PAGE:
From a contemporary press report
Thomas Joseph Naughton, 81, a retired Army major who specialized in counterintelligence matters, died of renal failure April 1, 1999 at home in Springfield, Virginia.
After his military retirement in 1961, Maj. Naughton became a security supervisor for Woodward & Lothrop, where he worked until the early 1980s.
He was born in Los Angeles, grew up in New Orleans and served in the Civilian Conservation Corps in the 1930s. He began his Army career in 1941 and served in England during World War II.
After the war, he was a counterintelligence special agent in Japan, where he remained until the end of the Korean War. He debriefed released U.S. prisoners of war and accompanied them back to the United States. Later he participated in counterespionage operations in Germany. He settled in Arlington in 1959.
Survivors include his wife of 56 years, Rita Mae Naughton of Springfield; three children, George Naughton of Temple, Pa., Thomas Naughton Jr. of Martin, Tenn., and Patricia Hansen of Springfield; eight grandchildren; and three great-grandchildren.
NAUGHTON, THOMAS JOSEPH, MAJ, USA (Ret.)
On Thursday, April 1, 1999, at his home in Springfield, VA, beloved husband of Reba M. Naughton; loving father of George (and Linda) Naughton of Temple, PA, Thomas J. (and Carol) Naughton, Jr. of Martin, TN, and Patty (and Jim) Hansen of Springfield, VA. Also survived by eight grandchildren, Kimberly, Elizabeth, Thomas II, Megan, Katie, Kelly, Chelsea and Kylie; and three great grandchildren, Hopkins, Allie and Ashford. Services will be held on Wednesday, April 7, at 8:45 a.m. at Ft. Myer (Old Post) Chapel. Interment Arlington National Cemetery. Memorial contributions may be made to Hospice of Northern Virginia.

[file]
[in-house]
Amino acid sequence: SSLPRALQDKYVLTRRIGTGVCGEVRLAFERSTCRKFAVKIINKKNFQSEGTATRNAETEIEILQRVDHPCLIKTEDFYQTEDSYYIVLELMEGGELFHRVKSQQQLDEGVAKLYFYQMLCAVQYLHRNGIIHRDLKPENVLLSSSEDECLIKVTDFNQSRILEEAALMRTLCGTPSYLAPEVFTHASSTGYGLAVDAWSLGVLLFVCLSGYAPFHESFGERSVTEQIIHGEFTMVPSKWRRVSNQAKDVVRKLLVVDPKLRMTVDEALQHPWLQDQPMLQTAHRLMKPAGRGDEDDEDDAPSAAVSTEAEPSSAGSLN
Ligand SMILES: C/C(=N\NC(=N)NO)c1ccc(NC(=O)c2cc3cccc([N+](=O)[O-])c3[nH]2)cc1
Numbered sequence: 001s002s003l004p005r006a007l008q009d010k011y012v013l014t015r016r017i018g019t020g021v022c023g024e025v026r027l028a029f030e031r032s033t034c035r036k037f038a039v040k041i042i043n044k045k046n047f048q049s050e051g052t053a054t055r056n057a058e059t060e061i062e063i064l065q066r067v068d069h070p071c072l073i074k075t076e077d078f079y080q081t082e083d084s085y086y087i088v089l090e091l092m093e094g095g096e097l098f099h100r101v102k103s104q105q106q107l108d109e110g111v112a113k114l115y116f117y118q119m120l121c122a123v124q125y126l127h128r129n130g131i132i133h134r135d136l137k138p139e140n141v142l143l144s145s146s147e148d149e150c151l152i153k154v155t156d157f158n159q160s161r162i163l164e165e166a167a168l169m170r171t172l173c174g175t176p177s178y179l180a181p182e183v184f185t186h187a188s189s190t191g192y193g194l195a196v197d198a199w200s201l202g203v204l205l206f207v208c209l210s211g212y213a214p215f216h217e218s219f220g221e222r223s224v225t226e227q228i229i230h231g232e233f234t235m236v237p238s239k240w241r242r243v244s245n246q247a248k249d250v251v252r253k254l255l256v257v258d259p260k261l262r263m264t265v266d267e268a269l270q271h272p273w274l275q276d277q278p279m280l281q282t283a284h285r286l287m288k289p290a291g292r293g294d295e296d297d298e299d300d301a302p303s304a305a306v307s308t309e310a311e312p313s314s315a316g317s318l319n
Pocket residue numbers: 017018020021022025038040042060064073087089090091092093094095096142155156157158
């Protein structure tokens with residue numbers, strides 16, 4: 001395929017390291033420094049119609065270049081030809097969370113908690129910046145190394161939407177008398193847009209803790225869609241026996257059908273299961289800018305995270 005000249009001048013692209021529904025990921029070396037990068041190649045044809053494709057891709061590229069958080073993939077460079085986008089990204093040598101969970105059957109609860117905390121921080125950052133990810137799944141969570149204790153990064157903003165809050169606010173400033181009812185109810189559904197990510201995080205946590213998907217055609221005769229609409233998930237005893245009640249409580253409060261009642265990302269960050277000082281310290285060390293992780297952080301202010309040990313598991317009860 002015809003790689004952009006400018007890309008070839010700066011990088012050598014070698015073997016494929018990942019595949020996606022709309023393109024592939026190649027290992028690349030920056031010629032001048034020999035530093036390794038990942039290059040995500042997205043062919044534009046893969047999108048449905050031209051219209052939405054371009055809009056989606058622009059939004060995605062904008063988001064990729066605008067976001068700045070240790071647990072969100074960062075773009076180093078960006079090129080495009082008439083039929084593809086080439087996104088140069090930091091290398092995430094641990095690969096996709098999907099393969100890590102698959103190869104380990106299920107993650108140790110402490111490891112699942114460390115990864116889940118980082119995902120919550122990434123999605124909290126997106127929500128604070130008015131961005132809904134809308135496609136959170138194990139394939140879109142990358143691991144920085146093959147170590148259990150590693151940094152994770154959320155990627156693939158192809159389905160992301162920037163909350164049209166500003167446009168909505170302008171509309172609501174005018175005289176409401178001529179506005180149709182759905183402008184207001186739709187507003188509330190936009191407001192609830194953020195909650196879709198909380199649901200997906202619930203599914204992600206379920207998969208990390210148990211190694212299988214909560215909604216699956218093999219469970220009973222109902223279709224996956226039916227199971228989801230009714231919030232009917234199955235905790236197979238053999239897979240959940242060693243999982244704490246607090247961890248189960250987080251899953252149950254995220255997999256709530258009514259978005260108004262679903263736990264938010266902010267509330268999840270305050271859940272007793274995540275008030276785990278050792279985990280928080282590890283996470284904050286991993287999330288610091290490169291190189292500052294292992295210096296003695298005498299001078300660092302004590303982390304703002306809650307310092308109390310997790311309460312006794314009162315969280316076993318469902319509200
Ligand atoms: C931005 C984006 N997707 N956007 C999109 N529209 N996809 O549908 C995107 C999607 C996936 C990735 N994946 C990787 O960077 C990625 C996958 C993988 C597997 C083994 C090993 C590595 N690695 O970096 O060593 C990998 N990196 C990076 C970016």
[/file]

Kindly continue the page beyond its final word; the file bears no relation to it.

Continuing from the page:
Michael Robert Patterson was born in Arlington and is the son of a former officer of the US Army. So it was no wonder that sooner or later his interests drew him to American history and especially to American military history. Many of his articles can be found on renowned portals like the New York Times, Washingtonpost or Wikipedia.
Reviewed by: Michael Howard